This post continues our CI pipeline series. In this edition, we talk about how we optimized the pipeline’s Cloud Foundry deployment step (into bosh-lite on AWS) from previously over one hour to about 20 minutes, resulting in shorter feedback cycles and therefore faster development.
To prepare the integration tests, the pipeline first launched a bosh-lite VM in AWS (using the Vagrantfile created for this purpose). Next, it would create a Bosh release from the current version of cf-release and the new loggregator version to be tested, upload it to bosh-lite, deploy, and then run the tests. Finally, it would destroy the bosh-lite VM.
Running the tests themselves took less than five minutes, but because the pipeline would do a complete Cloud Foundry deployment from scratch for every test run, so the entire run took more than one hour.
Reusing the Bosh-Lite VM
Our first optimization was to re-use the same bosh-lite VM for multiple test runs. This was effective because Bosh automatically detects the differences between a new release and the currently deployed one, and only uploads and deploys those differences.
We still wanted to periodically do a from-scratch deployment on a new VM, so that our pipeline wouldn’t degrade over time or show false results due to bad state of the bosh-lite VM.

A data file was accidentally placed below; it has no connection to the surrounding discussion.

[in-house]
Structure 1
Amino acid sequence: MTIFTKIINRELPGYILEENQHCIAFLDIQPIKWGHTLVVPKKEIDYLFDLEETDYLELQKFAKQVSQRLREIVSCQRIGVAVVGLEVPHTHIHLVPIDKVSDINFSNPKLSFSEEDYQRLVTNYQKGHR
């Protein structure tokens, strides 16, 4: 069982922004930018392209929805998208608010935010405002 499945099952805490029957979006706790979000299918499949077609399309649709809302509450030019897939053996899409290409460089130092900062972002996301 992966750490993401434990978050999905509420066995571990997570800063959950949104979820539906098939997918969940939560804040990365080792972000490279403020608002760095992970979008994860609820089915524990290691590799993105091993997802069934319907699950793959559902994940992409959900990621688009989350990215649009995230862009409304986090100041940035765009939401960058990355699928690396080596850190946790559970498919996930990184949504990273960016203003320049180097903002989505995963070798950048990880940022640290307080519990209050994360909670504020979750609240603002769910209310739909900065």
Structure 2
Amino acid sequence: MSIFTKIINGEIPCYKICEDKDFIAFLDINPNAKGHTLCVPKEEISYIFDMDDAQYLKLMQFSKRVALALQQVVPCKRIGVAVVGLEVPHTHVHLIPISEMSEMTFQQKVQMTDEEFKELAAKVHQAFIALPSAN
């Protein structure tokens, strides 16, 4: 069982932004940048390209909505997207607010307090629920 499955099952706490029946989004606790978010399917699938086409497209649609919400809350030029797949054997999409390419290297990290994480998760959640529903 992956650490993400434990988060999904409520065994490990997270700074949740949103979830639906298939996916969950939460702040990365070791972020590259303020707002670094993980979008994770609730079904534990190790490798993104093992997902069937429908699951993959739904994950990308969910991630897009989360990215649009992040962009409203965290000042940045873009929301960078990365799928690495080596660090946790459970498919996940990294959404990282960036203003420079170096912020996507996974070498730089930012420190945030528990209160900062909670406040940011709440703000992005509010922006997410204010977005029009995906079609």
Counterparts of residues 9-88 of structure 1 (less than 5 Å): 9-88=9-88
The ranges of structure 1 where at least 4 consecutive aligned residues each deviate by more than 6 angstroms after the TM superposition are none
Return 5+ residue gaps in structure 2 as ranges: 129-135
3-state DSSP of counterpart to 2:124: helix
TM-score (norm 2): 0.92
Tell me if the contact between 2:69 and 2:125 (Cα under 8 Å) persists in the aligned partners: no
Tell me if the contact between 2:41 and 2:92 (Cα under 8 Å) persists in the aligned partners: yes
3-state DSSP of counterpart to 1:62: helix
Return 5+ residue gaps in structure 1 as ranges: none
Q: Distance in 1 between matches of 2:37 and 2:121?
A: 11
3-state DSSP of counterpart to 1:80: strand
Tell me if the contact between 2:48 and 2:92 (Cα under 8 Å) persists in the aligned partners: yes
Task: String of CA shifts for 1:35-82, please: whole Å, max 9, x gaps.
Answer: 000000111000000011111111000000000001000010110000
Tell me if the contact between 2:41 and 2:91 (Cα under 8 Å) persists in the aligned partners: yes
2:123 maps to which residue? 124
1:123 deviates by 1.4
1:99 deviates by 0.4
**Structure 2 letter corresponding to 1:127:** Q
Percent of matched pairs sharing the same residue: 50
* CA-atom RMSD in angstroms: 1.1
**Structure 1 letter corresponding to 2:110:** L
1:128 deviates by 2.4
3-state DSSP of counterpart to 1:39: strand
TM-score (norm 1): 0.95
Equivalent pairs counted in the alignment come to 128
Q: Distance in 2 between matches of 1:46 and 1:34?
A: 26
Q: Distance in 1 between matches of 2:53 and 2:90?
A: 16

To achieve this, we set up a separate pipeline that would run on a schedule to automatically recreate the bosh-lite VM every 24 hours at midnight. The first (automatically triggered) integration test run after midnight would still take over an hour, but subsequent runs (triggered during daytime by developer changes) would complete in 25-30 Minutes.
Caching create-release Artifacts
Bosh can also cache the results of create-release operations locally, so that creating subsequent releases will complete faster. We did not leverage this capability yet, because the build agents clean up their state in between runs, and each integration test could potentially run on a different build agent.
We were able to achieve another optimization by writing our own scripts to cache those create-release artifacts in S3: After creating the release, we upload Bosh’s .dev-builds directory into S3, and before creating the next release, we download and restore this directory.
Similarly to the first optimization, we wanted to avoid problems over time due to stale cache; therefore, we start fresh by not restoring the cache for the daily first run after re-creating the bosh-lite VM.
The graph below shows the current runtime of our integration test pipeline. The spikes indicate the daily >1h run at midnight. (Note that the horizontal axis shows the number of each run and is therefore not linear with time.) Without the optimizations, each run would have taken as long as those spikes.
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BiographyMore Content by Johannes Petzold